Noting weak utility growth and debt at the parent level, Citi Research on Dec. 15 initiated coverage of Southern Co. with a "sell" rating and $44 price target.
Southern has been investing aggressively at its generation business, Southern Power Co., with $4.4 billion in capital expenditures in 2016 growing the unit's portfolio to more than 12,000 MW, about a quarter of which consists of wind and solar assets. But Citi analyst Praful Mehta questioned whether the asset acquisition spree represents an attempt on the part of Southern to "buy growth" that may not be creating long-lasting value at the company.
"It's no secret that returns for renewable projects are facing pressure from increased competition, and the company's high leverage and limited tax appetite create additional hurdles to achieving reasonable equity returns," Mehta wrote.
Meanwhile, Southern's traditional utility operating companies, which account for roughly 80% of earnings, have seen flat or declining retail sales due to energy efficiency, demand response and distributed generation. At Southern's analyst day presentation Oct. 31, management predicated its plan for 5% earnings growth on an expected energy sales growth rate of zero to 1%.
Major generation projects with costs and construction timelines that exceeded initial estimates, like two new nuclear reactors at the Vogtle plant in Georgia and Mississippi Power Co.'s integrated gasification combined-cycle Plant Ratcliffe in Kemper County, should help provide medium-term growth for Southern when they are added to rate base, according to Citi. But the risk of continued delays and the degree of cost overruns that may be disallowed from rate base remains. Southern plans to invest $22 billion at its utilities over the next five years, which should result in annual rate base growth of 3% to 4%.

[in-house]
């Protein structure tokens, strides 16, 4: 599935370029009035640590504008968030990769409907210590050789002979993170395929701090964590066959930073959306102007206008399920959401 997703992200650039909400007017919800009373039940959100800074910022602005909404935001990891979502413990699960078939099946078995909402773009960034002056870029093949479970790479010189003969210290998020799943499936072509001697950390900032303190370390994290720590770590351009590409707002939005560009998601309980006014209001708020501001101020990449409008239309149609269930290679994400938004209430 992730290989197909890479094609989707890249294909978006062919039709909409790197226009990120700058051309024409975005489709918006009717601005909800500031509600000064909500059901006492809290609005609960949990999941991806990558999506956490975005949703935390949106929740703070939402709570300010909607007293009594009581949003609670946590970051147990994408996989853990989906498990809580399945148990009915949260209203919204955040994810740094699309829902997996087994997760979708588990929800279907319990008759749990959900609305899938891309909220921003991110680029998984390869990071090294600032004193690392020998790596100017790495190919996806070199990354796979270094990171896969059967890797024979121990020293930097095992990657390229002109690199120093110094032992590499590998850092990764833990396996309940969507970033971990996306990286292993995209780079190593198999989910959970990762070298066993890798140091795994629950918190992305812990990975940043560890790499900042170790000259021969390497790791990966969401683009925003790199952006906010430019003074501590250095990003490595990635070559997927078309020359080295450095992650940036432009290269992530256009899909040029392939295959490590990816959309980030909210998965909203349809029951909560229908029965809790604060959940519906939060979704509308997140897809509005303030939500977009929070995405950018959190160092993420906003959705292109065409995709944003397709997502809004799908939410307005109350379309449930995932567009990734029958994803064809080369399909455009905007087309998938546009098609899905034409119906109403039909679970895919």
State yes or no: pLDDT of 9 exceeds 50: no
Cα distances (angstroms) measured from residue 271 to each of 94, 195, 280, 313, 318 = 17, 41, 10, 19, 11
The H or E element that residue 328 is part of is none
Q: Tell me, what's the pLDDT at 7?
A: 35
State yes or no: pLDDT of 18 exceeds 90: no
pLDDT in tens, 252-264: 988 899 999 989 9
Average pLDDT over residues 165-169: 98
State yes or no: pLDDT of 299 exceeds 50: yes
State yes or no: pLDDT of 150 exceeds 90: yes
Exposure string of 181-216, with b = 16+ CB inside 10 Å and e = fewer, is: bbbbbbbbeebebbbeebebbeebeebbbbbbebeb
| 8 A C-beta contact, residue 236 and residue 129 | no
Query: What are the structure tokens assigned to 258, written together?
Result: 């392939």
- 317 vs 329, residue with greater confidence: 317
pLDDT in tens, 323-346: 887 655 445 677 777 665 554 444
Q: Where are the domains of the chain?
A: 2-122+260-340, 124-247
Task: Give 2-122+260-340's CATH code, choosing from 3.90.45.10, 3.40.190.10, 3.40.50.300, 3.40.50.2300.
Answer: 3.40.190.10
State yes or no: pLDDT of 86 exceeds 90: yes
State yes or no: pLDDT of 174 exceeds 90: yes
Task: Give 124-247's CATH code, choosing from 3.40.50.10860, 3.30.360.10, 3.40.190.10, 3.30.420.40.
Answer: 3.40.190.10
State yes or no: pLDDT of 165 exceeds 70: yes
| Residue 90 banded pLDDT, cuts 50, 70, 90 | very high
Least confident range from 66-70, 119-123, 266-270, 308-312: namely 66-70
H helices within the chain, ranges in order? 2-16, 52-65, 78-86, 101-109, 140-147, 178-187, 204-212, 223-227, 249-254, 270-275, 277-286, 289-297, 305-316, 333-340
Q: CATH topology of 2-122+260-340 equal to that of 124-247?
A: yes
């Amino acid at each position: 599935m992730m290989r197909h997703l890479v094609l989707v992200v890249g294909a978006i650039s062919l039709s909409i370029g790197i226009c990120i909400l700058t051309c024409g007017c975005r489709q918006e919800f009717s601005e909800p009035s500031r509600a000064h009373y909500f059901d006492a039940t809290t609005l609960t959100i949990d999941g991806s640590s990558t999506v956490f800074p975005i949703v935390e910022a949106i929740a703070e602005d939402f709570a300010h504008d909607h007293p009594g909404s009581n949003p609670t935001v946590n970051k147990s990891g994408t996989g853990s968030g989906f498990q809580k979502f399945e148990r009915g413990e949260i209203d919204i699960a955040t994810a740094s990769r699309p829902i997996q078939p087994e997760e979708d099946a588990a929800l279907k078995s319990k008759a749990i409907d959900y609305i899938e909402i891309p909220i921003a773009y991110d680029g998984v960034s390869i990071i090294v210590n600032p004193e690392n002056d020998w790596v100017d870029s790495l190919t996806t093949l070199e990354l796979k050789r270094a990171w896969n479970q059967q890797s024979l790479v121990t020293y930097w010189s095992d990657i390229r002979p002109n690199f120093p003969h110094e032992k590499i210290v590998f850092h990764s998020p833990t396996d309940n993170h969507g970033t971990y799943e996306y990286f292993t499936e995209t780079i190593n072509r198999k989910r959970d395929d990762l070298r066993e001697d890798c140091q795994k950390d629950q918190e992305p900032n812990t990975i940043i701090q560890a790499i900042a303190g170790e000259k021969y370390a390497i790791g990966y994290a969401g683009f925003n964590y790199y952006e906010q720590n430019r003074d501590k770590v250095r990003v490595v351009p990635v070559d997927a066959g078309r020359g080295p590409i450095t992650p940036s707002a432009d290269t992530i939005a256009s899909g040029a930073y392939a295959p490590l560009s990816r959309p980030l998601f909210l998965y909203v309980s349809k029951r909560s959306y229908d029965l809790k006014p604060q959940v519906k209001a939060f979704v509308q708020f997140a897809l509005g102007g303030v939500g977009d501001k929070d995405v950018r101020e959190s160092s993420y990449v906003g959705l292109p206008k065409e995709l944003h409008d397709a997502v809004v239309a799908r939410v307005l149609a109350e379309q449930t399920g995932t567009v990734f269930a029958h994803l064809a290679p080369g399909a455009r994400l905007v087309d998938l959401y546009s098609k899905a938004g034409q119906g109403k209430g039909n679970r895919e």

To reach its $44 per share price target for Southern, Citi deducted $7 for the estimated $13 billion in parent company net debt as of June 30, 2017. Citi estimates Southern's parent net debt at 29% of total debt at the end of 2016, and that the company will slowly pay it down to a level of 24% by 2020. But if President-elect Donald Trump carries out his plan to cut corporate taxes to 20%, Citi noted Southern's parent-level debt would become more expensive on a post-tax basis.
Citi anticipates 8% annual earnings growth at Southern Co. Gas from 2017 to 2020, driven by an estimated $8 billion in rate base investments over the next five years, which should result in annual rate base growth of 10% to 12%.